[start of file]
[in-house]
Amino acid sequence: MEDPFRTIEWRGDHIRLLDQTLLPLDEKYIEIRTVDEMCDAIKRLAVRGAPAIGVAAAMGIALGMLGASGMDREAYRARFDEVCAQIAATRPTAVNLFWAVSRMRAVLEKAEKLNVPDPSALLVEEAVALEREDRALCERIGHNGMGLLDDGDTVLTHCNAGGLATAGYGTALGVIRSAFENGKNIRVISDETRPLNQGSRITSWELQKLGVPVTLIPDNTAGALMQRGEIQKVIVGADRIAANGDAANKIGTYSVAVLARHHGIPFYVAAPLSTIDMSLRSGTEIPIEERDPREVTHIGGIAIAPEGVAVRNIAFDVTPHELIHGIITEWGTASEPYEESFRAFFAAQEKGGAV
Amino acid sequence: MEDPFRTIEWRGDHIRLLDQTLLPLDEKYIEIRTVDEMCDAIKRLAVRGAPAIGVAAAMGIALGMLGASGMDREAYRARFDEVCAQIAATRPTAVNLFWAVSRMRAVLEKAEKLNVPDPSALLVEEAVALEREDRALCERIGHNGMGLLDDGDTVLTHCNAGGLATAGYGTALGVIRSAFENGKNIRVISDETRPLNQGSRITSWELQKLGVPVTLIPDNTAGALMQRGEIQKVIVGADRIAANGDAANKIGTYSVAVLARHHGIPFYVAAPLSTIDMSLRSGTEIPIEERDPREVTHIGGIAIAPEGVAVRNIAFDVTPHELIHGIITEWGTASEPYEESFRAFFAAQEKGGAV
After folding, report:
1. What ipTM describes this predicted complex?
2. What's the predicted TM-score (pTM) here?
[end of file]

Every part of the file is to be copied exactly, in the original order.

[in-house]
Amino acid sequence: MEDPFRTIEWRGDHIRLLDQTLLPLDEKYIEIRTVDEMCDAIKRLAVRGAPAIGVAAAMGIALGMLGASGMDREAYRARFDEVCAQIAATRPTAVNLFWAVSRMRAVLEKAEKLNVPDPSALLVEEAVALEREDRALCERIGHNGMGLLDDGDTVLTHCNAGGLATAGYGTALGVIRSAFENGKNIRVISDETRPLNQGSRITSWELQKLGVPVTLIPDNTAGALMQRGEIQKVIVGADRIAANGDAANKIGTYSVAVLARHHGIPFYVAAPLSTIDMSLRSGTEIPIEERDPREVTHIGGIAIAPEGVAVRNIAFDVTPHELIHGIITEWGTASEPYEESFRAFFAAQEKGGAV
Amino acid sequence: MEDPFRTIEWRGDHIRLLDQTLLPLDEKYIEIRTVDEMCDAIKRLAVRGAPAIGVAAAMGIALGMLGASGMDREAYRARFDEVCAQIAATRPTAVNLFWAVSRMRAVLEKAEKLNVPDPSALLVEEAVALEREDRALCERIGHNGMGLLDDGDTVLTHCNAGGLATAGYGTALGVIRSAFENGKNIRVISDETRPLNQGSRITSWELQKLGVPVTLIPDNTAGALMQRGEIQKVIVGADRIAANGDAANKIGTYSVAVLARHHGIPFYVAAPLSTIDMSLRSGTEIPIEERDPREVTHIGGIAIAPEGVAVRNIAFDVTPHELIHGIITEWGTASEPYEESFRAFFAAQEKGGAV
After folding, report:
1. What ipTM describes this predicted complex?
2. What's the predicted TM-score (pTM) here?